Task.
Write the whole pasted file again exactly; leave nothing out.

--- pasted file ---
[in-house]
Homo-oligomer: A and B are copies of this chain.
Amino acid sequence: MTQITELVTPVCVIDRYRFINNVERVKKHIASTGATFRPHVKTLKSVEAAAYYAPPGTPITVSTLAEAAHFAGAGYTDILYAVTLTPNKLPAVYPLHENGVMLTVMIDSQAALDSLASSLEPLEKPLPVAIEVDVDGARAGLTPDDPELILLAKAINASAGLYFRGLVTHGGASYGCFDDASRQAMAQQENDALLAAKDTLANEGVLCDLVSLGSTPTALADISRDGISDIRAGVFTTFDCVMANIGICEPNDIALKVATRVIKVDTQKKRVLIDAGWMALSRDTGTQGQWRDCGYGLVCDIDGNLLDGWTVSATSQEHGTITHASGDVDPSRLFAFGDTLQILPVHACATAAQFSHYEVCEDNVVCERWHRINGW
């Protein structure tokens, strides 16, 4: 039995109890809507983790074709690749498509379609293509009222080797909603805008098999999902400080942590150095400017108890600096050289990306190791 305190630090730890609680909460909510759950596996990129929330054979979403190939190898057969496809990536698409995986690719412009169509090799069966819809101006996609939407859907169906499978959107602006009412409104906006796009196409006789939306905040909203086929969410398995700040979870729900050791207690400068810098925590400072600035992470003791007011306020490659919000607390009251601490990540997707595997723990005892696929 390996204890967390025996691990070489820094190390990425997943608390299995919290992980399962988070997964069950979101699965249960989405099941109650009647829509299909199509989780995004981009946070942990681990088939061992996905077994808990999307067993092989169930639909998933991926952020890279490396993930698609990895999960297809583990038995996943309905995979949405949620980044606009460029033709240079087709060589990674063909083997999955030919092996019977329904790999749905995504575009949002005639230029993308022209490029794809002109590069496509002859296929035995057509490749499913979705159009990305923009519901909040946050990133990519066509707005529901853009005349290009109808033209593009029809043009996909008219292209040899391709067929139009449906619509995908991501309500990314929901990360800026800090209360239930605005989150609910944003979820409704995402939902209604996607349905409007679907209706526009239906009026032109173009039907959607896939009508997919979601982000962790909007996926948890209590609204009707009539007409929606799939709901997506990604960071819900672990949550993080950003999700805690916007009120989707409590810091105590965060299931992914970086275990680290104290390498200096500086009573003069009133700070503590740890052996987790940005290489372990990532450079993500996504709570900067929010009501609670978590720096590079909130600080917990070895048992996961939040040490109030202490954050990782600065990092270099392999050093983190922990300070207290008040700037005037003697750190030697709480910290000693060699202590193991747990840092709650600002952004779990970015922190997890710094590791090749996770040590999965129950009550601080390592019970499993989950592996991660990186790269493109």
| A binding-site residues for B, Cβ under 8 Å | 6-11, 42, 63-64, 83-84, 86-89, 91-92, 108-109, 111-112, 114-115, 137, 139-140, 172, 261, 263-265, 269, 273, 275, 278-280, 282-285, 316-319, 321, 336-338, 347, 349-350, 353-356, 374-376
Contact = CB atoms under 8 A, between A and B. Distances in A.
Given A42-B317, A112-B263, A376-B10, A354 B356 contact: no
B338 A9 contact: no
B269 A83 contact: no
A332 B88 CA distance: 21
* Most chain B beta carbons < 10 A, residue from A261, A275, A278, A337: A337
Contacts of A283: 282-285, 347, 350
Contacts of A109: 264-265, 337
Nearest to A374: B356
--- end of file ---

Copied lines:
[in-house]
Homo-oligomer: A and B are copies of this chain.
Amino acid sequence: MTQITELVTPVCVIDRYRFINNVERVKKHIASTGATFRPHVKTLKSVEAAAYYAPPGTPITVSTLAEAAHFAGAGYTDILYAVTLTPNKLPAVYPLHENGVMLTVMIDSQAALDSLASSLEPLEKPLPVAIEVDVDGARAGLTPDDPELILLAKAINASAGLYFRGLVTHGGASYGCFDDASRQAMAQQENDALLAAKDTLANEGVLCDLVSLGSTPTALADISRDGISDIRAGVFTTFDCVMANIGICEPNDIALKVATRVIKVDTQKKRVLIDAGWMALSRDTGTQGQWRDCGYGLVCDIDGNLLDGWTVSATSQEHGTITHASGDVDPSRLFAFGDTLQILPVHACATAAQFSHYEVCEDNVVCERWHRINGW
């Protein structure tokens, strides 16, 4: 039995109890809507983790074709690749498509379609293509009222080797909603805008098999999902400080942590150095400017108890600096050289990306190791 305190630090730890609680909460909510759950596996990129929330054979979403190939190898057969496809990536698409995986690719412009169509090799069966819809101006996609939407859907169906499978959107602006009412409104906006796009196409006789939306905040909203086929969410398995700040979870729900050791207690400068810098925590400072600035992470003791007011306020490659919000607390009251601490990540997707595997723990005892696929 390996204890967390025996691990070489820094190390990425997943608390299995919290992980399962988070997964069950979101699965249960989405099941109650009647829509299909199509989780995004981009946070942990681990088939061992996905077994808990999307067993092989169930639909998933991926952020890279490396993930698609990895999960297809583990038995996943309905995979949405949620980044606009460029033709240079087709060589990674063909083997999955030919092996019977329904790999749905995504575009949002005639230029993308022209490029794809002109590069496509002859296929035995057509490749499913979705159009990305923009519901909040946050990133990519066509707005529901853009005349290009109808033209593009029809043009996909008219292209040899391709067929139009449906619509995908991501309500990314929901990360800026800090209360239930605005989150609910944003979820409704995402939902209604996607349905409007679907209706526009239906009026032109173009039907959607896939009508997919979601982000962790909007996926948890209590609204009707009539007409929606799939709901997506990604960071819900672990949550993080950003999700805690916007009120989707409590810091105590965060299931992914970086275990680290104290390498200096500086009573003069009133700070503590740890052996987790940005290489372990990532450079993500996504709570900067929010009501609670978590720096590079909130600080917990070895048992996961939040040490109030202490954050990782600065990092270099392999050093983190922990300070207290008040700037005037003697750190030697709480910290000693060699202590193991747990840092709650600002952004779990970015922190997890710094590791090749996770040590999965129950009550601080390592019970499993989950592996991660990186790269493109």
| A binding-site residues for B, Cβ under 8 Å | 6-11, 42, 63-64, 83-84, 86-89, 91-92, 108-109, 111-112, 114-115, 137, 139-140, 172, 261, 263-265, 269, 273, 275, 278-280, 282-285, 316-319, 321, 336-338, 347, 349-350, 353-356, 374-376
Contact = CB atoms under 8 A, between A and B. Distances in A.
Given A42-B317, A112-B263, A376-B10, A354 B356 contact: no
B338 A9 contact: no
B269 A83 contact: no
A332 B88 CA distance: 21
* Most chain B beta carbons < 10 A, residue from A261, A275, A278, A337: A337
Contacts of A283: 282-285, 347, 350
Contacts of A109: 264-265, 337
Nearest to A374: B356